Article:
3.235623550000000,SWD,Trailing bits
// Write to the SELECT register. This is used to target the AP of
// interest. You can discover all the available APs by walking through
// the "ROM Table" (more details in the ADIv5 Specification). Per the
// Coresight specification, we know when APSEL=0x0, the AP selected
// is AHB-AP
3.235647510000000,SWD,Request  DebugPort Write SELECT
3.235666160000000,SWD,ACK OK
3.235675260000000,SWD,WData 0x00000000 reg SELECT bits APSEL=0x00, APBANKSEL=0x0, PRESCALER=0x0
3.235741780000000,SWD,Data parityok
3.235746540000000,SWD,Request  AccessPort Write CSW
3.235765200000000,SWD,ACK OK
// We are accessing a AHB-AP of type MEM-AP. The CSW register is
// written to in order to configure what type of access will be
// performed. One interesting setting is AddrInc which is used to
// control whether or not the access address is automatically
// incremented after a read.
3.235774290000000,SWD,WData 0x23000012 reg CSW bits DbgSwEnable=0, Prot=0x23, SPIDEN=0, Mode=0x0, TrInProg=0, DeviceEn=0, AddrInc=Increment single, Size=Word (32 bits)
3.235840750000000,SWD,Data parityok
// The Transfer Address Register (TAR) is now programmed with
// address of interest. It's close to the address we are trying to
// read (0x20000108) but interestingly does _not_ match
3.235844790000000,SWD,Request  AccessPort Write TAR
3.235863450000000,SWD,ACK OK
3.235872550000000,SWD,WData 0x20000100 reg TAR
3.235939040000000,SWD,Data parityok
// A request to read the data via the Data Read/Write Register (DRW)
// is finally issued. This will return the data at address 0x20000100
// and then increment the address in the TAR by 1 word so the next read
// would return 0x20000104
3.235943310000000,SWD,Request  AccessPort Read DRW
// Data is not ready yet so a ACK WAIT is returned
3.235961940000000,SWD,ACK WAIT
3.235971240000000,SWD,Request  AccessPort Read DRW
// Our read request has been ACKd. Per the ADIv5 documentation
// the read request has "posted" which means that
// "the result of the access is returned on the next transfer.
// This result can be another AP register read, or a DP register
// read of RDBUFF." This means the data in this transaction
// should be discarded
3.235989860000000,SWD,ACK OK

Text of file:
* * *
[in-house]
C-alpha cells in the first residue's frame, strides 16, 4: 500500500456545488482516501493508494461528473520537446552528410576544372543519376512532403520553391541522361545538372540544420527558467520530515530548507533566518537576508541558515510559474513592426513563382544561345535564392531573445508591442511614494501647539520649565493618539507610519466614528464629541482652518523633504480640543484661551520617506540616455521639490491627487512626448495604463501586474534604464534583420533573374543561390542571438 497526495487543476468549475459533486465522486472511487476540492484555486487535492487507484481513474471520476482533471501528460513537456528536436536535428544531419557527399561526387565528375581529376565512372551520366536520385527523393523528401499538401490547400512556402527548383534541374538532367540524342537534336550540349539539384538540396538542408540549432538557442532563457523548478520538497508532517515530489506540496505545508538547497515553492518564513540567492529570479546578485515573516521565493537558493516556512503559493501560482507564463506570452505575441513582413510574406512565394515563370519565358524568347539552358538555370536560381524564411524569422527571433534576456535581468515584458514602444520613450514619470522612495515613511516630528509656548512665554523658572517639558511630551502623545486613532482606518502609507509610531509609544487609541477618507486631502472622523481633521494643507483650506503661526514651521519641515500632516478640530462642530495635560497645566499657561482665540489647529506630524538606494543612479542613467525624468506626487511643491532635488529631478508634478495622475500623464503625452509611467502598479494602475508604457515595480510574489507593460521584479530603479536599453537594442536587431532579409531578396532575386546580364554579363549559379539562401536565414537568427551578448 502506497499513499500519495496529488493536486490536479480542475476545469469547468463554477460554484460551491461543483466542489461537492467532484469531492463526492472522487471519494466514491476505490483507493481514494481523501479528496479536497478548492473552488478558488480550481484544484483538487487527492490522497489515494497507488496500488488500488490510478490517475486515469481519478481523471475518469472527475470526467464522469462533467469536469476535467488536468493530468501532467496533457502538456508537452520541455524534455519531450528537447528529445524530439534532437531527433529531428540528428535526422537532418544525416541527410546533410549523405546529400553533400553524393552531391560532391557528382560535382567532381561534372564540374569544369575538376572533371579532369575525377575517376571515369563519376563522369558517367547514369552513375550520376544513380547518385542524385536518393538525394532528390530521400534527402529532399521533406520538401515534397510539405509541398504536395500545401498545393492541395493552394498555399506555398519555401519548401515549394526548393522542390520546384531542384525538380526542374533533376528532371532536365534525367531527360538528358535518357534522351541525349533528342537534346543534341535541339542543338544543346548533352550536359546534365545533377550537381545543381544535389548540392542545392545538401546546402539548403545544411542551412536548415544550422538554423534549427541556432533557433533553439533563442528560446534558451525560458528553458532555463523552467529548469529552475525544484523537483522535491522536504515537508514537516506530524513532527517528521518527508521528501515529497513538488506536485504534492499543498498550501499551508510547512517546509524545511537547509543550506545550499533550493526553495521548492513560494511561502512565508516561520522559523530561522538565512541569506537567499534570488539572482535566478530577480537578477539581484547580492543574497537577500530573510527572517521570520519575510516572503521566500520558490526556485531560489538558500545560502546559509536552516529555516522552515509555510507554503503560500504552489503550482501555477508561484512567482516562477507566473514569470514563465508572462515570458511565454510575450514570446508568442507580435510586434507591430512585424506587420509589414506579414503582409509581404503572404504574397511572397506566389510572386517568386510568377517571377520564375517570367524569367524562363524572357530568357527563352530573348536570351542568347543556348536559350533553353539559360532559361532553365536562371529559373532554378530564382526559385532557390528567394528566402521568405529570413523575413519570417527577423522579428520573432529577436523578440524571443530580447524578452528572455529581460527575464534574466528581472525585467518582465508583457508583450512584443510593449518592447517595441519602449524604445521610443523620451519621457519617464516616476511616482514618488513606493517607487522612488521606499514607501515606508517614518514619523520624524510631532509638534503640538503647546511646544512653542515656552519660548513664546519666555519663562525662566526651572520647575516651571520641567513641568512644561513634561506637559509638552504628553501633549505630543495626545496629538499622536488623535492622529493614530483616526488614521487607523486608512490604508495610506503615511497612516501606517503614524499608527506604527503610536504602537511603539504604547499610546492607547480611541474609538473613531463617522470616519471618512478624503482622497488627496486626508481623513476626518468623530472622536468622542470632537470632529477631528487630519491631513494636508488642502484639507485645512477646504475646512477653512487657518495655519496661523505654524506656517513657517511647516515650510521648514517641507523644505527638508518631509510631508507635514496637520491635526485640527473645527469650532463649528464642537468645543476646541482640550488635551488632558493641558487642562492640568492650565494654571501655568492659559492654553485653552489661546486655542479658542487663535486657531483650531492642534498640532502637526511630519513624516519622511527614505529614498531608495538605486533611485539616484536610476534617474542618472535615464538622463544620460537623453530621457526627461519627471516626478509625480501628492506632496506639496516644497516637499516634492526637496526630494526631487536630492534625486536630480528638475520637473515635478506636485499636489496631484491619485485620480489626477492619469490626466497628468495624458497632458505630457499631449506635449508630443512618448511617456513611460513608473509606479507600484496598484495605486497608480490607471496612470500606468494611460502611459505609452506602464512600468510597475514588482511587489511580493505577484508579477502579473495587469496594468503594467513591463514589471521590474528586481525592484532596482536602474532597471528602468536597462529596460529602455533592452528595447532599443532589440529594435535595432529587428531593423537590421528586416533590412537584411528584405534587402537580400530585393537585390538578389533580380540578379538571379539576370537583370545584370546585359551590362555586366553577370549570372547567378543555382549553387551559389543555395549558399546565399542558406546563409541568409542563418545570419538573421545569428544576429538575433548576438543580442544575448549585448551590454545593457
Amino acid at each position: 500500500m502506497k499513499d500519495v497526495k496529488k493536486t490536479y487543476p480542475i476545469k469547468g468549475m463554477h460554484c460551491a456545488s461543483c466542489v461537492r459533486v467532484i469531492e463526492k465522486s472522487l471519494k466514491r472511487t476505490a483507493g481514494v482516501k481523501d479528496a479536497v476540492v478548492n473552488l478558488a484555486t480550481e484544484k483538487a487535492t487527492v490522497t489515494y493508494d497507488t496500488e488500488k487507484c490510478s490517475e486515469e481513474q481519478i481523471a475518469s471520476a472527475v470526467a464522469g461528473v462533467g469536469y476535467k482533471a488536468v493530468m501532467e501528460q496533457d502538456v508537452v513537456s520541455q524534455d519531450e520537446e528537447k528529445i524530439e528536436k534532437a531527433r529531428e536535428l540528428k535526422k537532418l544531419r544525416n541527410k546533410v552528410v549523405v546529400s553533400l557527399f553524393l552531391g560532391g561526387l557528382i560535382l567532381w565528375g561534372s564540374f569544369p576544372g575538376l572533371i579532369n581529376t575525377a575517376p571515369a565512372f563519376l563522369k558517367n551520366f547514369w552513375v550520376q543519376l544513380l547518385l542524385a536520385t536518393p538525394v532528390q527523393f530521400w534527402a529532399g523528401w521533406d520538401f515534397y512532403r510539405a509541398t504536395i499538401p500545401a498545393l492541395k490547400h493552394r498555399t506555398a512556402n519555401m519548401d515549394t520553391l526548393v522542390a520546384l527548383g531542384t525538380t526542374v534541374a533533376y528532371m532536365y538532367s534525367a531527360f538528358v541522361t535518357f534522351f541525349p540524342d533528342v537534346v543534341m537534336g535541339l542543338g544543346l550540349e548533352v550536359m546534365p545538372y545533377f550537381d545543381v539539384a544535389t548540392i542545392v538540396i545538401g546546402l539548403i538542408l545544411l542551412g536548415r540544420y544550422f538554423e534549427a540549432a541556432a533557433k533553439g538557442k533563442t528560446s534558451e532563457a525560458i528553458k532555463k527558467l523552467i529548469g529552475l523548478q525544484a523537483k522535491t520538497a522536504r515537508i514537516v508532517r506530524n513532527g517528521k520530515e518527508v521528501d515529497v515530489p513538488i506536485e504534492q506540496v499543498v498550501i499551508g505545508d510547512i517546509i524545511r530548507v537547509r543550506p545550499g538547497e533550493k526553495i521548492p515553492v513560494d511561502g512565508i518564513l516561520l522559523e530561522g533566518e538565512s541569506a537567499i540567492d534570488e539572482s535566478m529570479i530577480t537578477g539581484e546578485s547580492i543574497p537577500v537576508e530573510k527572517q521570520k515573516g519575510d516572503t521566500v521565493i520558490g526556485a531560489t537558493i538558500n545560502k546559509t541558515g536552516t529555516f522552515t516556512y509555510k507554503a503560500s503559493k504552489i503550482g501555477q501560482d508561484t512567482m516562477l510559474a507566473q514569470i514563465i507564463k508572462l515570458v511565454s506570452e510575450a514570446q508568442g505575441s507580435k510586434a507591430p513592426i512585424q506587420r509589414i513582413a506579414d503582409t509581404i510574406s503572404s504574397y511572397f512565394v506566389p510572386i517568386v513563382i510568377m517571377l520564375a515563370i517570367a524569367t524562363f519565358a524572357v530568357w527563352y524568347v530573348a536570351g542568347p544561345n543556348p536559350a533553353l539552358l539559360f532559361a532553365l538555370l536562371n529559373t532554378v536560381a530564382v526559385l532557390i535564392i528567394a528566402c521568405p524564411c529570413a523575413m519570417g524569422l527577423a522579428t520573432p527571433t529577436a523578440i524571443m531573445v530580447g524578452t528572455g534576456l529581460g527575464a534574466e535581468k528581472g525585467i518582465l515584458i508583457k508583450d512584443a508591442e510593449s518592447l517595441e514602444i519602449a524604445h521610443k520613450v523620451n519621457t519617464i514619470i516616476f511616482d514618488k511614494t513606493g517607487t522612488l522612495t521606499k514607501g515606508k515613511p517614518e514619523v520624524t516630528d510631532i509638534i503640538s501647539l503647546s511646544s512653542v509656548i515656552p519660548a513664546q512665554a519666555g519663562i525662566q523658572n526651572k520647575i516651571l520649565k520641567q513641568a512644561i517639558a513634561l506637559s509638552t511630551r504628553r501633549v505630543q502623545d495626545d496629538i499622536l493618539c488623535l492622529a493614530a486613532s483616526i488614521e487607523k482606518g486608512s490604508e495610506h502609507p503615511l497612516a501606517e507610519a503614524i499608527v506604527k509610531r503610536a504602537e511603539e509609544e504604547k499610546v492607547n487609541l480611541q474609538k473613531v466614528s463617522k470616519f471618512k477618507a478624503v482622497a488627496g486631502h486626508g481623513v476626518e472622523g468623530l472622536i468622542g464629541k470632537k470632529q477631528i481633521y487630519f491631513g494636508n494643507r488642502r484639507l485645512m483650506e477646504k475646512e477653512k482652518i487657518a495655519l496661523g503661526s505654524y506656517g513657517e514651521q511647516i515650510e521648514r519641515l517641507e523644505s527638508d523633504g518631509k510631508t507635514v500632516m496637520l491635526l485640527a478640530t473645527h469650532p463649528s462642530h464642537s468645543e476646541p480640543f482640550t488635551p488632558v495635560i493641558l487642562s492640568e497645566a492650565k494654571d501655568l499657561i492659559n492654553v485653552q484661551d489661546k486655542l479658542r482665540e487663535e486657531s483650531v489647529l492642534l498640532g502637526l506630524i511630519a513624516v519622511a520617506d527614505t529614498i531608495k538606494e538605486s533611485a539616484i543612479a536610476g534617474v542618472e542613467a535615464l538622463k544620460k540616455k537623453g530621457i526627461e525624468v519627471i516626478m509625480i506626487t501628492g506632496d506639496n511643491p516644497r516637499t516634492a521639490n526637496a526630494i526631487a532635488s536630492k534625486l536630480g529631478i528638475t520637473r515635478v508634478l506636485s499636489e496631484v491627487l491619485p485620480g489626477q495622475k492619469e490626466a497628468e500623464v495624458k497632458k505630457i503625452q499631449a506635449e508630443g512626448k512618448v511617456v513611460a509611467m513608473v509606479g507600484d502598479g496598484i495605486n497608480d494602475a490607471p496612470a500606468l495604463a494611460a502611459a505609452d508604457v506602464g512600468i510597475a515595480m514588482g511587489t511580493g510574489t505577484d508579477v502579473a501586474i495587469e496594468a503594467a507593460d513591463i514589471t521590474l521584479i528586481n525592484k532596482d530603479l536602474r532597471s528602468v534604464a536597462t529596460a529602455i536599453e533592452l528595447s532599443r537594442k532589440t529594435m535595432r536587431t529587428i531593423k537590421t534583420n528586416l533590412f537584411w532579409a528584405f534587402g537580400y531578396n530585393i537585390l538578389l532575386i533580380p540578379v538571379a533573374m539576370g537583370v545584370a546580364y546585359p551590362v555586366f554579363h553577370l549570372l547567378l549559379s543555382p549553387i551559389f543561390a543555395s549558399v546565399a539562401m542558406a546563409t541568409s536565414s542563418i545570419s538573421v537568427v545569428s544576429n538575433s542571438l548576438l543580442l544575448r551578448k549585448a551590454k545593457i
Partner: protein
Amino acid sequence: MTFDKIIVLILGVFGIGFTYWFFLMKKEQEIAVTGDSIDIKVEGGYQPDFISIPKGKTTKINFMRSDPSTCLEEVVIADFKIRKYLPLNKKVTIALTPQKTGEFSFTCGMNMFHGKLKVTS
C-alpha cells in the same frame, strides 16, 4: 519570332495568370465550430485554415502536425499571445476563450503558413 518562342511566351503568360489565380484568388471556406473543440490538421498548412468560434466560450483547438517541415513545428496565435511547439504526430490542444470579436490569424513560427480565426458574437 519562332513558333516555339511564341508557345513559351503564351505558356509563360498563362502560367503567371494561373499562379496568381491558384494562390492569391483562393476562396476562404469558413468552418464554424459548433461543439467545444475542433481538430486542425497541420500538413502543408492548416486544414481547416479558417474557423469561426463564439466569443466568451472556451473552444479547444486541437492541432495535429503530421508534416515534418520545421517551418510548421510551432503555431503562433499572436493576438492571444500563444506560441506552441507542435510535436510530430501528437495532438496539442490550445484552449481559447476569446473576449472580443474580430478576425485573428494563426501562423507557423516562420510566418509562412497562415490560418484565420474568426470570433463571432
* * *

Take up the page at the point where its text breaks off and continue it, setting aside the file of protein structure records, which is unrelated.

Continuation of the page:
3.235995920000000,SWD,WData 0x00000000 reg DRW
3.236062190000000,SWD,Data parityok
3.236068440000000,SWD,Request  AccessPort Read DRW
3.236087060000000,SWD,ACK OK
// The actual value of the data at 0x20000100.
3.236093120000000,SWD,WData 0x00000000 reg DRW
3.236163440000000,SWD,Data parityok
3.236169630000000,SWD,Request  AccessPort Read DRW
3.236188250000000,SWD,ACK OK
// The actual value of the data at 0x20000104.
3.236194310000000,SWD,WData 0x00000000 reg DRW
3.236260570000000,SWD,Data parityok
3.236266750000000,SWD,Request  AccessPort Read DRW
3.236285380000000,SWD,ACK OK
// The actual value of the data at 0x20000108. (The address we
// wanted to read in the first place!)
3.236291450000000,SWD,WData 0x00000000 reg DRW
3.236357710000000,SWD,Data parityok
3.236363900000000,SWD,Request  AccessPort Read DRW
3.236382520000000,SWD,ACK OK
// The actual value of the data at 0x20000110.
3.236388580000000,SWD,WData 0x3910E7EF reg DRW
// In the actual trace we see another 12 reads performed
// bringing the total bytes read by the debugger to 16 bytes.

That’s interesting, it seems like the debugger is caching 16 bytes of data. If we “Start” a trace while reading in this memory range we will see no SWD transactions get issued! To test it out, start the Saleae trace again and run

(gdb) p/x *(uint32_t[16]*)0x20000100
$10 = {0x0, 0x0, 0x0, 0x3910e7ef, 0xe0111c06, 0x1c26390c, 0x3908e00e, 0xe00b1c2e, 0xe0091f09, 0xd40d1e7f, 0x42b3680e, 0x1d09d104, 0xd1f71f12, 0xbdf22000, 0x60019806, 0x60069807}

This means the JLinkGDBServer must be caching results and not always issuing requests to the actual MCU.

If we try to read 17 bytes we will see a new transaction gets issued with TAR starting at 0x20000140.

For reference, I’ve included trace here. The original trace was in the same directory.


We hope this post gave you a better understanding of the technology that makes up the Cortex-M ARM debug stack and that in the future when you run into a debugger issue you have a better idea of where to start looking for issues!

Future topics we’d love to delve into related to debuggers include the Embedded Trace Macrocell (ETM) and Data Watchpoint and Trace (DWT) peripherals, as well as implementing thread awareness and flash loader plugins.

Are there other topics you’d like us to cover? Or are there topics in this article you’d love to see more details on? Just let us know in the discussion area below!

See anything you’d like to change? Submit a pull request on Github

Chris Coleman is the founder and CTO of Memfault. Prior to founding Memfault, Chris worked on the embedded software teams at Sun, Pebble, and Fitbit.